Advanced search

Mumsnet has not checked the qualifications of anyone posting here. Free legal advice is available from a Citizen's Advice Bureau, and the Law Society can supply a list of local solicitors.

Any employment lawyers out there please ??

(15 Posts)
ginorwine Wed 27-Jan-16 19:29:01

My manager told me today that I
Have been put on the wrong pay scale for five years and I need to pay back the overpayment . It may be approx 7 grand but may be adjusted as due to the pay I also
Overpaid tax , n i and pension contribution .
I totally get that tho it is their mistake I have to go on the correct salary . This will
Cause chaos as I set my lifestyle to
This salary which I had no idea was incorrect .
Eg recent mortgage change.
Son going to uni .
However on top
Of this reduction monthly I also need to re pay the created dept so I have reduced income and increased outgoing .
I presume I can negotiate what I can pay ?
Someone said with utilities it is written off after 2 year s and this may apply to a mistake made by employer? I doubt it but I wd like to know what rights I may have . Finance dept said I may be able to
Decline it being taken out of wage and then pay what I can . Help please !!

HermioneWeasley Wed 27-Jan-16 19:42:24

I think you probably need to ring ACAS, as it will be difficult for any of us to give you a definitive answer.

The general rule is that if you have been overpaid from your agreed salary and benefits then the company can reclaim it. I'm not clear what you mean by on the wrong pay scale, but if you had an agreed salary and this was an admin error on their part, I would say that is tough - you agreed £X and it's not your problem if they got that wrong.

ginorwine Wed 27-Jan-16 20:56:56

Thanks .

N3wYear2016 Wed 27-Jan-16 21:07:47

I would get everything in writing

5 years is a long time

I know some people who were paid incorrectly for 2 years+ & were allowed to stay on the same pay

annielostit Wed 27-Jan-16 21:29:35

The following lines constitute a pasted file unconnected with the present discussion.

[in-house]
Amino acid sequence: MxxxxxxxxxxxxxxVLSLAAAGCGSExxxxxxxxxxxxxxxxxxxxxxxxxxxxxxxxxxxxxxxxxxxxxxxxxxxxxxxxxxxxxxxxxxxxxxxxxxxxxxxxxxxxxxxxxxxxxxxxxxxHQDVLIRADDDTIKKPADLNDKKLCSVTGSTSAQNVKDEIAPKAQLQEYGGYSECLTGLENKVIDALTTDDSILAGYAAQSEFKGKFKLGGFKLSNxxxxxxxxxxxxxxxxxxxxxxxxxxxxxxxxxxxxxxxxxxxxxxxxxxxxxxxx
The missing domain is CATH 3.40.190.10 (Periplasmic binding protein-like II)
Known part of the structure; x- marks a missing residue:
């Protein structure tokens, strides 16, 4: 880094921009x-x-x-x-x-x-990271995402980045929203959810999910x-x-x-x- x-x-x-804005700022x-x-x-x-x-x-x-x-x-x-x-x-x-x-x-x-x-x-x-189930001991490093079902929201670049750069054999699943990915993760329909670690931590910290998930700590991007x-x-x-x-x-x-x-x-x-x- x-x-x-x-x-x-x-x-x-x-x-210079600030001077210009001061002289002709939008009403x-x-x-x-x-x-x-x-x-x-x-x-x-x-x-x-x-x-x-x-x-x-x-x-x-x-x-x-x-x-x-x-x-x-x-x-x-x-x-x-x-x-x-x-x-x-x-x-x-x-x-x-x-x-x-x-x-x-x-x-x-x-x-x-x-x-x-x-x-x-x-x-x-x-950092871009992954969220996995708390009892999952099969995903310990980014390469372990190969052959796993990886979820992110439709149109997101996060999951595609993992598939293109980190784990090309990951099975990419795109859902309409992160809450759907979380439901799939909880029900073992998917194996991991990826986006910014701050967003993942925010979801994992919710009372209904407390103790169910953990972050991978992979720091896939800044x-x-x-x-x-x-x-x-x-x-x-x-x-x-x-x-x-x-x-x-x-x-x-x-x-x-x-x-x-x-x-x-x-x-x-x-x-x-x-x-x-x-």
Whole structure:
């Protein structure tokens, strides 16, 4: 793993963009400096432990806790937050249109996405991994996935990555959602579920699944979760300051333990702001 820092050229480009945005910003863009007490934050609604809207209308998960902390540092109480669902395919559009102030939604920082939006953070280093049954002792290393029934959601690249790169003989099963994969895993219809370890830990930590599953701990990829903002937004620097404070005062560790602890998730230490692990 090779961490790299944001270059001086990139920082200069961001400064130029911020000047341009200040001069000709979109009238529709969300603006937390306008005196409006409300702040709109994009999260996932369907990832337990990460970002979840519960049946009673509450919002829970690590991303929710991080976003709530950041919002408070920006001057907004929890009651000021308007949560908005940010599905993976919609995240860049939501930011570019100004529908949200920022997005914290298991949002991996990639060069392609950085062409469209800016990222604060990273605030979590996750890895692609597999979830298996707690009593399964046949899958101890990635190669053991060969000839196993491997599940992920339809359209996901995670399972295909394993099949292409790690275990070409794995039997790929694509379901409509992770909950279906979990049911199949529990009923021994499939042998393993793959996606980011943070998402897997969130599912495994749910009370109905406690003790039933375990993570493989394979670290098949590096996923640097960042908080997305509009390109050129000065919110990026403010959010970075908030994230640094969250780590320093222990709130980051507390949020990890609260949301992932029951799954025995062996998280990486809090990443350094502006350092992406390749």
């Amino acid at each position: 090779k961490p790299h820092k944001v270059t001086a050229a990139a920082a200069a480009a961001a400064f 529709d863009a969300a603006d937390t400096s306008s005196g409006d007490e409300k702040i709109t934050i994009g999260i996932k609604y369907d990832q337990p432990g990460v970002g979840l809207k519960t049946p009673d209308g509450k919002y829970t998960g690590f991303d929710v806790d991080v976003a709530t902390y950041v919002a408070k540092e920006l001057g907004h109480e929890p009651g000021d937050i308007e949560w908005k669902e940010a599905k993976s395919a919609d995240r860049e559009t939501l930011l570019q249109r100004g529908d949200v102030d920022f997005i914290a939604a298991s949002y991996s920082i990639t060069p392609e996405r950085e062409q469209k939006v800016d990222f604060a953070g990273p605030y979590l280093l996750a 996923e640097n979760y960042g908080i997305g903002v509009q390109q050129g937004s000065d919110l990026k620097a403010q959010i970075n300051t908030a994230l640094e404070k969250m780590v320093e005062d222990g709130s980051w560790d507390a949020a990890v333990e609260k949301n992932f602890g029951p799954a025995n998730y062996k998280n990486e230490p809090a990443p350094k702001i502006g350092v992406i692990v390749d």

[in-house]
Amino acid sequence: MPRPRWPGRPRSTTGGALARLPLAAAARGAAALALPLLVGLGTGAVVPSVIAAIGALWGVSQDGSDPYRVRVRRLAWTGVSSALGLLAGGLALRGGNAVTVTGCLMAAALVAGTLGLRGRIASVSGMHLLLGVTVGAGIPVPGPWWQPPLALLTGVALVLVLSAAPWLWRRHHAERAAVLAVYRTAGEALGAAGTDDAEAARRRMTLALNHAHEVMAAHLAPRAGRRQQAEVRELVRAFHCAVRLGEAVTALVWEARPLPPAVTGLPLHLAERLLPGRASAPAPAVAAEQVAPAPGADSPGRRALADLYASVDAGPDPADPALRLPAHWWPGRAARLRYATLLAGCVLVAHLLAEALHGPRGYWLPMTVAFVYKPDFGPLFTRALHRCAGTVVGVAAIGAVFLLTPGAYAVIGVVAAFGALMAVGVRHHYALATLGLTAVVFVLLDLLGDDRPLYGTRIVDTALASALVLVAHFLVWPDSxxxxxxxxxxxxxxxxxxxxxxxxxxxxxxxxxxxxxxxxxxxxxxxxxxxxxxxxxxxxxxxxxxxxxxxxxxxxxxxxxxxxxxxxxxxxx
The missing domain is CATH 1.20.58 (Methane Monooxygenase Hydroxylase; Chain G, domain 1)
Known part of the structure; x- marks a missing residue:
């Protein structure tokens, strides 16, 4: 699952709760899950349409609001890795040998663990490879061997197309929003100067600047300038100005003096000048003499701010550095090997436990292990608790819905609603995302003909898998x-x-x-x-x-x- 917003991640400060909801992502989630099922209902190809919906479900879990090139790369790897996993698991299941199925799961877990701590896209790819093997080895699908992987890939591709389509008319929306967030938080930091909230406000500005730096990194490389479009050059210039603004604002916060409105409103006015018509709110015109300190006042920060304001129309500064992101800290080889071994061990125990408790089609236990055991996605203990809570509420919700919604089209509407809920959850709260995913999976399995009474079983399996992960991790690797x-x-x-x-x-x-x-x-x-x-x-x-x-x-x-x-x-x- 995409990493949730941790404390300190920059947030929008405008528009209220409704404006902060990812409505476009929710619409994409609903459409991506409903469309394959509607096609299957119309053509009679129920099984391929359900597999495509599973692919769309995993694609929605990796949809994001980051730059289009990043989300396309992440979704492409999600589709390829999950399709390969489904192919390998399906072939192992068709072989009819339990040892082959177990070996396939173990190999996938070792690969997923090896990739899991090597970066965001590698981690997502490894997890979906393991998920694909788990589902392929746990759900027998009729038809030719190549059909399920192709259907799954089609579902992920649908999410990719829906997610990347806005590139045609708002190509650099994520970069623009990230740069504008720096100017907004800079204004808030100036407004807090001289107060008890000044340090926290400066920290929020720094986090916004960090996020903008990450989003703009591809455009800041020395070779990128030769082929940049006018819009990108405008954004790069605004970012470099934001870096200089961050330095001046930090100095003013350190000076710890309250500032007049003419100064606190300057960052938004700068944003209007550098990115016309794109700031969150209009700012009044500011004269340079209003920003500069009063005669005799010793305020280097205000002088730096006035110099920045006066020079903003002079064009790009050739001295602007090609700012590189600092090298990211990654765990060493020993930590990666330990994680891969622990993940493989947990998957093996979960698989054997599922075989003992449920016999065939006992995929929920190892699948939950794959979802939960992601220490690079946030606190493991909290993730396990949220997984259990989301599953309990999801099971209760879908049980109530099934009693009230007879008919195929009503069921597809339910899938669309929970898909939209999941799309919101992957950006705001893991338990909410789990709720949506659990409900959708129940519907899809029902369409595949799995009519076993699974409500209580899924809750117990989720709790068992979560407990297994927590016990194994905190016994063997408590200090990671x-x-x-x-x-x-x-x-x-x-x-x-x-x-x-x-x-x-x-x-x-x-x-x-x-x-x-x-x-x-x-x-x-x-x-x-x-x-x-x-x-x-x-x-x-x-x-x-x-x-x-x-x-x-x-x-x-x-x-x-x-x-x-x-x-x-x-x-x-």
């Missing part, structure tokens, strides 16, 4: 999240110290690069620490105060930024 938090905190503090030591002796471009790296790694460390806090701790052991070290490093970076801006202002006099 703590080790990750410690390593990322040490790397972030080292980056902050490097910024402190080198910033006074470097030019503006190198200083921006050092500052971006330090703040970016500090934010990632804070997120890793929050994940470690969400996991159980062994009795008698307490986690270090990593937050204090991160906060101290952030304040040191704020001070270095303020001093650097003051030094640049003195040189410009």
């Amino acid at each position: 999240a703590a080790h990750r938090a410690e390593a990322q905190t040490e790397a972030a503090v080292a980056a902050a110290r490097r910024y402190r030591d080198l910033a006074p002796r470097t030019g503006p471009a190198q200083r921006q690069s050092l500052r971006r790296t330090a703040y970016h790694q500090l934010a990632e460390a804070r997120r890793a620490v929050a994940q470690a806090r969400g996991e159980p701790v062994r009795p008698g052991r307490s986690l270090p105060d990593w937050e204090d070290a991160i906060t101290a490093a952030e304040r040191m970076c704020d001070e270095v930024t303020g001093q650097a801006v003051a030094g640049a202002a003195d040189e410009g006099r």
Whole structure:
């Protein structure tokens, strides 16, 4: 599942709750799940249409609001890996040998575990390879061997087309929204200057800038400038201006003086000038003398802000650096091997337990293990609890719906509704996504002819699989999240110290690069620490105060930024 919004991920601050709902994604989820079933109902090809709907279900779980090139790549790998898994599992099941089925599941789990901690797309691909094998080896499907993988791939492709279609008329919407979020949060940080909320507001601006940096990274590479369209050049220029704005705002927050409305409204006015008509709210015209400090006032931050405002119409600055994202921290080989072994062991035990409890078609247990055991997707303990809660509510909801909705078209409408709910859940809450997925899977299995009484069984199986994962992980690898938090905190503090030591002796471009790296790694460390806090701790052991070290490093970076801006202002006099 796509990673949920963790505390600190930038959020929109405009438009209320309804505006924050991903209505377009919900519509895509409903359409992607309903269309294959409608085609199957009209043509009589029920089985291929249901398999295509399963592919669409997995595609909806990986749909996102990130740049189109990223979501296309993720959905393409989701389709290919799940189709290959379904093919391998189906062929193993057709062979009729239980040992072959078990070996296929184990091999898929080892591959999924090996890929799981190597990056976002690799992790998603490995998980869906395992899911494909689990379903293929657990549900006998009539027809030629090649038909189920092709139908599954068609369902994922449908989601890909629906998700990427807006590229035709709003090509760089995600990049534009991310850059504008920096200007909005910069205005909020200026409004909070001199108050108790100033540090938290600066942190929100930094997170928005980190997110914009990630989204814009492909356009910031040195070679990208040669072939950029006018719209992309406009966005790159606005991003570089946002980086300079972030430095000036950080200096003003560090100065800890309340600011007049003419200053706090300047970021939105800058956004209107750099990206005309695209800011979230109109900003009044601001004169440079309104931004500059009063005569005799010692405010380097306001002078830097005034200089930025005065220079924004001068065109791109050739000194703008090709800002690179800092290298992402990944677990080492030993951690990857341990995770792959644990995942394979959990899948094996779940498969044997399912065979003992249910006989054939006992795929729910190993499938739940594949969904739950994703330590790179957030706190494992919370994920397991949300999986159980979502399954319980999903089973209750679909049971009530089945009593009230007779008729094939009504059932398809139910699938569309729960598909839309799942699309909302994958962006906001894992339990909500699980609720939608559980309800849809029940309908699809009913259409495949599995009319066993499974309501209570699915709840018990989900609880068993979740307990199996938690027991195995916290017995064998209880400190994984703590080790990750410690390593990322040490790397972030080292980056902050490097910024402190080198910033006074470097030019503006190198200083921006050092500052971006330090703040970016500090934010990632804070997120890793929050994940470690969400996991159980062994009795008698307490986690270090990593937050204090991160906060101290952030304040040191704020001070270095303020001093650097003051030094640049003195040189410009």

D check ACAS or cab. You need help.

N3wYear2016 Wed 27-Jan-16 22:14:26

Suggest put in the work section on MN too

MyWey Wed 27-Jan-16 23:00:17

Can you clarify whether you were overpaid what you should have been or they agreed a salary with you when you took the job that they have subsequently decided is outside the salary band for your job grade? I would imagine their ability to recoup is based on whether you should have known they were paying you more than your agreed salary or you accepted a particular salary but now they are going back on that.

ginorwine Thu 28-Jan-16 12:53:19

What happened was I started on a certain grade .they then increased the grade in increments .there was a bar to stop my bar going higher which I did not know about . I work for a huge organisation .they now say they should have stopped at a certain point but didn't .

ginorwine Thu 28-Jan-16 12:54:13

My wage not bar

BellsaRinging Thu 28-Jan-16 13:03:43

Is there any way that they can argue that you should have known about the bar? If not then you are not at fault in any way. Were you sent letters whenever your pay was increased? If so, look them out, and see what they say.

This sounds like a simple matter of contract law. It's not a case where there was an obvious over-payment that you should have notified them about-you couldn't have known about the bar, and therefore were entitled to assume that the salary you were receiving was correct. I would not agree to re-pay anything-this was their mistake, not yours.

With regard to continuing salary, there is an argument that the salary you are currently on is your contracted salary (basically because your pay terms have been varied up to that level by agreement over time). There will need to be some discussion about what your appropriate salary is. In my view it should continue at your current rate, but be capped there till the rest of your grade catch up.

Basically I would certainly not agree to the variation in salary or to the repayment. Get some expert legal advice, of course, but in the meantime don't agree to do anything (it may compromise your future rights).